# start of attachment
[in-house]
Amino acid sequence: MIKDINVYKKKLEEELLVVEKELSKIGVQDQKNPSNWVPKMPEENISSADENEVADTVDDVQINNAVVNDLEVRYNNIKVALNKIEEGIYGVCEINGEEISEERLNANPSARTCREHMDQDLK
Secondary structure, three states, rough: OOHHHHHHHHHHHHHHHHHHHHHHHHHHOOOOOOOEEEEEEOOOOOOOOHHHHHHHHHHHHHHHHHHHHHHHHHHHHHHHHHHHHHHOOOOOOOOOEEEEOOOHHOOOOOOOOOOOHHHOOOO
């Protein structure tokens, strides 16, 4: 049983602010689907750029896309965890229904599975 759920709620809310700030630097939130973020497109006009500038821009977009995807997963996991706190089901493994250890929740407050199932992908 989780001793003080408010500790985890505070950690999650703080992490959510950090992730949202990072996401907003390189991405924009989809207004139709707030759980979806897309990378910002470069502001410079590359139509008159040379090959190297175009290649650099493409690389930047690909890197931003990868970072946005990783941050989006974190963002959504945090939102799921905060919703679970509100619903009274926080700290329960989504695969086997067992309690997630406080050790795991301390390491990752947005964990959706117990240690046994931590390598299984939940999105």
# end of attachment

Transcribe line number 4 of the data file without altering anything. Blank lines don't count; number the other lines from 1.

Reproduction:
């Protein structure tokens, strides 16, 4: 049983602010689907750029896309965890229904599975 759920709620809310700030630097939130973020497109006009500038821009977009995807997963996991706190089901493994250890929740407050199932992908 989780001793003080408010500790985890505070950690999650703080992490959510950090992730949202990072996401907003390189991405924009989809207004139709707030759980979806897309990378910002470069502001410079590359139509008159040379090959190297175009290649650099493409690389930047690909890197931003990868970072946005990783941050989006974190963002959504945090939102799921905060919703679970509100619903009274926080700290329960989504695969086997067992309690997630406080050790795991301390390491990752947005964990959706117990240690046994931590390598299984939940999105």